And so began the research into what kind of requirements the new machine will need to have to be able to run Plex smoothly, while allowing the library to grow in size past the 9 TB it’s already at.
Looking into what Plex requires for hardware video transcoding was simple. Plex published an article about it. An Intel CPU with Intel Quick Sync or an NVIDIA GPU is required for Plex to have the hardware transcoding capability, however the article also points out it requries a Plex Pass subscription. So I purchased a lifetime Plex Pass subscription, since let’s face it, I’ll have Plex around for some time to come, and it allows me to do poweruser-esque things; it’s a no-brainer. I then set forth looking at current generation Intel CPUs.
I stumbled upon the i7-8700k, which with Intel Quick Sync support, looks to be ideal. The next part was finding out what kind of RAM I needed. Doing some research on RAM was a little less trivial, but I found a benchmark analysis that said an i7-8700k has a sweet spot with DDR4-3200 RAM, so I looked for that with the lowest cas latency, and made my way.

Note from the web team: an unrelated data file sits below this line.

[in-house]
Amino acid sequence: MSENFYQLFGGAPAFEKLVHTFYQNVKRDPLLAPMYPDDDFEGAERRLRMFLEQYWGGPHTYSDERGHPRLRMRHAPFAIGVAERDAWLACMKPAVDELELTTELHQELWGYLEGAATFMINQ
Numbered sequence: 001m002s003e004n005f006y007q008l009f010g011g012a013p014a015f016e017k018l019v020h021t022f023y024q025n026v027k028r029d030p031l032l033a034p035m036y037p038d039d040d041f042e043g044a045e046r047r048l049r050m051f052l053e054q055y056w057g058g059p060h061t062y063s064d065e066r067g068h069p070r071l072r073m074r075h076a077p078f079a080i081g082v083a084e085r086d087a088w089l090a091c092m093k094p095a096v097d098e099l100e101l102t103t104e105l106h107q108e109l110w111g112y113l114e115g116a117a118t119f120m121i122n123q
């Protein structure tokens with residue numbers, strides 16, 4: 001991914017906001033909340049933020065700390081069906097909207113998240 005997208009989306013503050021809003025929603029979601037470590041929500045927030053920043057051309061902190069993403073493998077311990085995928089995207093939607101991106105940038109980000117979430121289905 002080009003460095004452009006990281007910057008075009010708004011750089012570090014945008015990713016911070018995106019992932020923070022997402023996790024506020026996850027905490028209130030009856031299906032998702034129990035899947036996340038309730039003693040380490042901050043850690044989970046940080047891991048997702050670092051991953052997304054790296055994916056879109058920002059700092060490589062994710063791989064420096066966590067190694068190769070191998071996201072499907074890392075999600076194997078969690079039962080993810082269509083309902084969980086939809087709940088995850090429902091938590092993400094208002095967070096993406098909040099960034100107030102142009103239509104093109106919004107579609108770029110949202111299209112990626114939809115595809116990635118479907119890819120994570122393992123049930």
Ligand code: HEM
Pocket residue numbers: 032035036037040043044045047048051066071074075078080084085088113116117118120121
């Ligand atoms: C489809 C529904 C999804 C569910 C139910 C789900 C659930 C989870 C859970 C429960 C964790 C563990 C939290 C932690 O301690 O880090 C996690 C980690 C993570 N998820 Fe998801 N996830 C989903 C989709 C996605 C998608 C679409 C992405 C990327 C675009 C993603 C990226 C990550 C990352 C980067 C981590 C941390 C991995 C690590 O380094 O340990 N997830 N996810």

I then began asking myself: do I really need an NVIDIA GPU as well? That led me to further research into how Plex video transcoding works. I discovered that Plex can’t do video transcoding inside a VM which seems to be the reason the NUC didn’t work out for me. Though I had tried Plex on the NUC directly, without a VM, and still had poor performance. It was good to know that I needed to ditch the VM if I wanted my Plex server to have optimal performance. I was on the right track. I discovered a forum thread discussing which NVIDIA GPUs have HEVC encoding support, to which the answer was simply “Any ‘GTX’ class 600,700,900, or 1000 series NVIDIA GPU.” A bit further down and you’ll find which model GTXes have certain feature sets for video transcoding, directly correlating to the generation of the GPU. There are some cheap NVIDIA GTX 1050s out there for around $150 USD at time of writing, which would allow my Plex server to be capable of hardware transcoding HEVC formatted streams at up to 8k resolution. With all of that in mind, I decided I may try this route later on if I need an extra push of transcoding power than what the Intel Quick Sync was going to give me. I decided not to purchase a GPU with my new server.